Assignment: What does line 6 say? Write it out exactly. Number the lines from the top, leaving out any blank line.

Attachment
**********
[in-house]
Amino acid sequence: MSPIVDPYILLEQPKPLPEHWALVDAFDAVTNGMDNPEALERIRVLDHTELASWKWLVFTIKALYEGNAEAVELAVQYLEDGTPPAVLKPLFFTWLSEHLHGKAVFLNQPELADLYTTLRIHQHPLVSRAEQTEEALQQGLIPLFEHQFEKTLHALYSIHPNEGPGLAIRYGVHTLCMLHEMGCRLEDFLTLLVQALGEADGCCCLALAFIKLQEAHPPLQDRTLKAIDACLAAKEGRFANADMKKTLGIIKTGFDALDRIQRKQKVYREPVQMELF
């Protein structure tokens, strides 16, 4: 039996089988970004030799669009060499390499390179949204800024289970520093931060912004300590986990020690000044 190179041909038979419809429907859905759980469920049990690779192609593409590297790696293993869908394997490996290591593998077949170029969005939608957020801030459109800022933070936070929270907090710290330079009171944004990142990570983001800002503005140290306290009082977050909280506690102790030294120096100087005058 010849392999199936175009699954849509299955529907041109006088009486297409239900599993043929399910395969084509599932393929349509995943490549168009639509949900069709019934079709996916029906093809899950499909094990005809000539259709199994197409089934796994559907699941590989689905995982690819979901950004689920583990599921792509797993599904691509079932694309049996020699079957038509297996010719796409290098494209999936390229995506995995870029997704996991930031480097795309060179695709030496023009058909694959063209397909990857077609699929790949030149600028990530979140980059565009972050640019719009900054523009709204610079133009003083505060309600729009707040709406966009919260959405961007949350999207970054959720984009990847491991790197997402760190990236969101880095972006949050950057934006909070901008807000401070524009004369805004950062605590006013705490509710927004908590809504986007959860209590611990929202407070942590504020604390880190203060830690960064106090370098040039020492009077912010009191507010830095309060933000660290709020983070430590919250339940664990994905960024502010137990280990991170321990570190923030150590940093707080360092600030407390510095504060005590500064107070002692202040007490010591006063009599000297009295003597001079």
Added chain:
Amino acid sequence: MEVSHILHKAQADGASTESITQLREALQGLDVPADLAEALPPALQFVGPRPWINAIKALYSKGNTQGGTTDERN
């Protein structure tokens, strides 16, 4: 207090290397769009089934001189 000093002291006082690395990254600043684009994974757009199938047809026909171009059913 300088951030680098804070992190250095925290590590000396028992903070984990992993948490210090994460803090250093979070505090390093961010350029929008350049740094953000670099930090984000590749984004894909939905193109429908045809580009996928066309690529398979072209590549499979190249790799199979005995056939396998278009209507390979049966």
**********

């Protein structure tokens, strides 16, 4: 207090290397769009089934001189 000093002291006082690395990254600043684009994974757009199938047809026909171009059913 300088951030680098804070992190250095925290590590000396028992903070984990992993948490210090994460803090250093979070505090390093961010350029929008350049740094953000670099930090984000590749984004894909939905193109429908045809580009996928066309690529398979072209590549499979190249790799199979005995056939396998278009209507390979049966």